Virtual Reality is Neuroactive: An Experiental Technology for Programming Perception

The information age has created a pressing need for us to speed up and improve the accuracy of how we exchange information and process it into knowledge. How can we most efficiently impart knowledge to others? How can we accelerate learning? Experiential technologies such as virtual and augmented reality will help unlock our own potential and that of the population around us.

Perceptual awareness engenders knowledge creation

Is that loud boom and sudden flash an explosion — or just thunder and lightning nearby? The human brain and mind continuously process the intake from our surroundings. Data streams of light, sound, pressure, and vibration enter our sensorium and are immediately and often autonomously processed by the brain into perceptions. Perceptions then enable the transformation of that information into knowledge. And, in turn, knowledge expands our potential as human beings.

Perception is a key node in this system that we are able to proactively tap into in powerful new ways. Experiential technology such as virtual reality is the means of intervention.

Virtual reality imparts specific and potent information into the sensorium that the brain subsequently processes. Unlike the ephemeral or chance nature of many real world experiences, virtual information can be programmed and presented to the brain in carefully selected and reproducible ways to precisely impact perceptions.  These programmed perceptions can allow for new modalities for accelerated knowledge acquisition.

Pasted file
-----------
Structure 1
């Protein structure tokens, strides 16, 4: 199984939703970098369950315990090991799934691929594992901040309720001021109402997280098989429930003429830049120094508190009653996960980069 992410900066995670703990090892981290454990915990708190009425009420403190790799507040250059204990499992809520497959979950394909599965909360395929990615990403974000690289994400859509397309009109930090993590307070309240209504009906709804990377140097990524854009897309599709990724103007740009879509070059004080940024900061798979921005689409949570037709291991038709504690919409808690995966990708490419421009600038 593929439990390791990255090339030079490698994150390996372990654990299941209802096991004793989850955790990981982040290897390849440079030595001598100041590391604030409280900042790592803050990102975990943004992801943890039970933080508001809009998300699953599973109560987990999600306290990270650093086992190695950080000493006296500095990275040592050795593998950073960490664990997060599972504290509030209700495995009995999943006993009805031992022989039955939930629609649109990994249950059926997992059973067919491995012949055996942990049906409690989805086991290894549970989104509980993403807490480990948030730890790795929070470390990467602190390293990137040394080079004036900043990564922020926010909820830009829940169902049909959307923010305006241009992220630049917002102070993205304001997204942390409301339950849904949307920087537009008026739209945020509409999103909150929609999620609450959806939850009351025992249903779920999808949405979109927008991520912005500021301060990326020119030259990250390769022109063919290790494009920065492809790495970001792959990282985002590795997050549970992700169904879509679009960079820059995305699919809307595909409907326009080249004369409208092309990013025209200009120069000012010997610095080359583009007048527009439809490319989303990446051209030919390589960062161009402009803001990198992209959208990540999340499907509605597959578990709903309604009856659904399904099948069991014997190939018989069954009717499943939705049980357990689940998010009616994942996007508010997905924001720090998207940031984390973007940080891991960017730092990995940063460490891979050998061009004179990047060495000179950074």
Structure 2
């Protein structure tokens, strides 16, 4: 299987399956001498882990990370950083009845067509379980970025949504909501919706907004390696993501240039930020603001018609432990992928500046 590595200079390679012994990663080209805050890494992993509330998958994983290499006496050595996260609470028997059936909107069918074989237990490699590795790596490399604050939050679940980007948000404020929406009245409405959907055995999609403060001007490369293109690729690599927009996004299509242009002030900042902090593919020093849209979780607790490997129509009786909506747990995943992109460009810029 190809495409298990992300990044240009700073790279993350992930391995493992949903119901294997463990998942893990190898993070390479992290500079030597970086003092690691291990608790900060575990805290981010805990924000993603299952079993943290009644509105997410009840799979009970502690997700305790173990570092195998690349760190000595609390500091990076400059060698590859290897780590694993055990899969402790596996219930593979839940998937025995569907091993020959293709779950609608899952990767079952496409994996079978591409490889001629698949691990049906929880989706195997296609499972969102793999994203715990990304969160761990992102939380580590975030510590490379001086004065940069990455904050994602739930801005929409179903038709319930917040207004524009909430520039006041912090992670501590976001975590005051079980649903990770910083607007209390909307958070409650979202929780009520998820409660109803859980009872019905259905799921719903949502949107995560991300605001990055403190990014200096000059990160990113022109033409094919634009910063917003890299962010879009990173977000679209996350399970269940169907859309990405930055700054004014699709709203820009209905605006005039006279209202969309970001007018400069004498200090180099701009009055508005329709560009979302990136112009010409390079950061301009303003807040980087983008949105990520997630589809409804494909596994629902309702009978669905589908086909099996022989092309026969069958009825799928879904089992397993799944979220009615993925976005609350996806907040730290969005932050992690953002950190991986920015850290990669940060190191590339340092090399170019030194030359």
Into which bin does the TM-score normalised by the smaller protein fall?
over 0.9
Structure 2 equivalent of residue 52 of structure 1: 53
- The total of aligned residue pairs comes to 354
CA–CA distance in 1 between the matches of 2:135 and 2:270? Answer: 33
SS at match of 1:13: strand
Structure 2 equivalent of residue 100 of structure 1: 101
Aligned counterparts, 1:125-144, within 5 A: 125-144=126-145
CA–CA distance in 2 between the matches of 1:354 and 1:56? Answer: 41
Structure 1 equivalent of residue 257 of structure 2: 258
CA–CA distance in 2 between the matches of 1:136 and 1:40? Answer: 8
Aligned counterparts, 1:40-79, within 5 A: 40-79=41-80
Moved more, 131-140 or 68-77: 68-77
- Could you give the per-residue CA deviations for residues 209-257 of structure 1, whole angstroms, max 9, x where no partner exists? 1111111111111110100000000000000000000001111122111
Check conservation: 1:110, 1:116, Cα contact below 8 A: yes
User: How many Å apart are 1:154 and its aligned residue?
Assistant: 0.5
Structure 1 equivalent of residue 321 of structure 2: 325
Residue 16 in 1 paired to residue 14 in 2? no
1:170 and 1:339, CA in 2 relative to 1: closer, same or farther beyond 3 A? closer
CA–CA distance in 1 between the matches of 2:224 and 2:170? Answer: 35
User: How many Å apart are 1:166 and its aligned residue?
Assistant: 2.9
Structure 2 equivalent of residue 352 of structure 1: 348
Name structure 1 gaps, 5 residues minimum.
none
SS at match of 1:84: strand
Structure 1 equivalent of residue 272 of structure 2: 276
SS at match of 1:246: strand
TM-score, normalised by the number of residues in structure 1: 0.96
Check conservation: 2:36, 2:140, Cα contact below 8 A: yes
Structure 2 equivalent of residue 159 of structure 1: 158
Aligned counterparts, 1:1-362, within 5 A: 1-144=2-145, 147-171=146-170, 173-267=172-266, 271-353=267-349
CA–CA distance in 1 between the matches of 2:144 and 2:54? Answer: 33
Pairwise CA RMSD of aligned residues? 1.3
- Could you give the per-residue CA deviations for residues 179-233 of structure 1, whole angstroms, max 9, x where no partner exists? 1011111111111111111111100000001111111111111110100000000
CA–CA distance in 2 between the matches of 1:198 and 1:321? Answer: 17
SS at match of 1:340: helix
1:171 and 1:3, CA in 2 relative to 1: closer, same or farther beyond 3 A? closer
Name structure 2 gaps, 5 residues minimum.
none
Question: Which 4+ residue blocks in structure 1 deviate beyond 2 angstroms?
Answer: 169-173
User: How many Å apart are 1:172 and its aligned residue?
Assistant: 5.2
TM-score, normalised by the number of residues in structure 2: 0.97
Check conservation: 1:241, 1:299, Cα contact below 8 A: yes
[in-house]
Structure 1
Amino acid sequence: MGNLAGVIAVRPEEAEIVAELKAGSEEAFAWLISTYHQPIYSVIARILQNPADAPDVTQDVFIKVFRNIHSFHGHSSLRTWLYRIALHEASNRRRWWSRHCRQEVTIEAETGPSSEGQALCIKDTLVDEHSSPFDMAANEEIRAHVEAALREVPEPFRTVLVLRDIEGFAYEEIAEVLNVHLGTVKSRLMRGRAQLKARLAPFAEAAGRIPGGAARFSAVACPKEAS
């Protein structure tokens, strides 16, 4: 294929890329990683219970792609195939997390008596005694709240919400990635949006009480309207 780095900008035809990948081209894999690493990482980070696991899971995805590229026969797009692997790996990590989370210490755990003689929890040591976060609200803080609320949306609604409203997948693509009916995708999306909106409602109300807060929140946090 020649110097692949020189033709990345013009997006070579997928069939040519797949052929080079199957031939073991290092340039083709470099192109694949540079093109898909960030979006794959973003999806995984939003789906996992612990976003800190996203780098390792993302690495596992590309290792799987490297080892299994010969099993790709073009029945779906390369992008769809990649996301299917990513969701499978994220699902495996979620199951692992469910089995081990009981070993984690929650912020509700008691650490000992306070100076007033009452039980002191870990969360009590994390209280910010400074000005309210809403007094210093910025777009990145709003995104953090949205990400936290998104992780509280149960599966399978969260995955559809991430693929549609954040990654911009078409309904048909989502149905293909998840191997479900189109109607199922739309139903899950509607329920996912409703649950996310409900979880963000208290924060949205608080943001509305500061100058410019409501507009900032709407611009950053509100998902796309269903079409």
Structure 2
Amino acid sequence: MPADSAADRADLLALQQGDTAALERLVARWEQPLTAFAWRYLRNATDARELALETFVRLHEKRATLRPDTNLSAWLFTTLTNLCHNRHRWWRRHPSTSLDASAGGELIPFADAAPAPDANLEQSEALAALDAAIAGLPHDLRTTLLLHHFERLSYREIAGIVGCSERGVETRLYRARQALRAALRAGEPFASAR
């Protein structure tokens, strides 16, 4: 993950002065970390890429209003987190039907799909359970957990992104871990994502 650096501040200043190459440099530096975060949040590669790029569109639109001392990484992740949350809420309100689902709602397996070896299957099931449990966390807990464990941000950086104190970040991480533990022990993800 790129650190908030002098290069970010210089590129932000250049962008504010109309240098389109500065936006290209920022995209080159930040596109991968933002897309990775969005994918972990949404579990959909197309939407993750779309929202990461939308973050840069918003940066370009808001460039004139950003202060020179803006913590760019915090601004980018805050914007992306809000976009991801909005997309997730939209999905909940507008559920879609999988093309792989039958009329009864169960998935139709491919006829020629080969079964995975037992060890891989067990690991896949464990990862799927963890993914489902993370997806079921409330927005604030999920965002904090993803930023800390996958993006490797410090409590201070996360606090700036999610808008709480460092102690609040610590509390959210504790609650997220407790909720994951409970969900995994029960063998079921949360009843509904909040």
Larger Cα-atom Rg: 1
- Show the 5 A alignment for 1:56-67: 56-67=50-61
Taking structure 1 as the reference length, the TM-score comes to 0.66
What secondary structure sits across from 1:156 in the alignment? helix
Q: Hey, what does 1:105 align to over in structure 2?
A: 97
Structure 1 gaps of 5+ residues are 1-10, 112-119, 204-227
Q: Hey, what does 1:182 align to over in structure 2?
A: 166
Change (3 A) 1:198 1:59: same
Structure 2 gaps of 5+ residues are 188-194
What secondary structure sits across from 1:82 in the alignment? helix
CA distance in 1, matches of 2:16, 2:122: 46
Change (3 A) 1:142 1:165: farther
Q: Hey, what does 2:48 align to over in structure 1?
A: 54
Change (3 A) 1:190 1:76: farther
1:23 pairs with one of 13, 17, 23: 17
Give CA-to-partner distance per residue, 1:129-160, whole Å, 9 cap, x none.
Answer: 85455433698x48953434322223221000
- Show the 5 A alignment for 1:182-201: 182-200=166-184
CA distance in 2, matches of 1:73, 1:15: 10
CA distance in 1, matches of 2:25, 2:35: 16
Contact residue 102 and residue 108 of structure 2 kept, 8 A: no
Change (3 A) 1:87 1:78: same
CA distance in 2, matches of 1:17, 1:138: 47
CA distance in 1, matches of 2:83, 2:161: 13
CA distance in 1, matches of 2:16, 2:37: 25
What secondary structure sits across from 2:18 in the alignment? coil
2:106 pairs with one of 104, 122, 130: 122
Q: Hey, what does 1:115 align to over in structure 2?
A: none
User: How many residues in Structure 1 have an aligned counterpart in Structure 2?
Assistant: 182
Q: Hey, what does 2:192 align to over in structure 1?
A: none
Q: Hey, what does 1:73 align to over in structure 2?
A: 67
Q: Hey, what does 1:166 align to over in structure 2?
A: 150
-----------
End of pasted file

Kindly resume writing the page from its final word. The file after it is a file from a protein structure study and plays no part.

Perceptual shifts enabled by virtual reality can create empathy

Recent scientific studies have shown that virtual reality can create empathy by altering the perceptions that individuals have for others by changing their sex or race in virtual reality. Jeremy Bailenson at Stanford University is studying how virtual reality can generate empathy for individuals with disabilities in his Virtual Human Interaction Lab. His work and that of others have also studied how to foster empathy in a variety of scenarios, such as environmental issues. For example, empathy can be engendered for deforestation by having individuals experience cutting down trees in virtual reality and ocean pollution by virtually swimming as a fish through dirty water.

As we begin to think about the brain as a programmable platform, virtual reality is a useful and efficient development engine. Virtual reality is a neuroactive technology that allows us to selectively alter and enhance perception in rapid and profound ways. The careful development of virtual reality software that is informed by and infused with neuroscience can expand our capabilities for empathy and will have a transformative effect on society.

 

Advertisements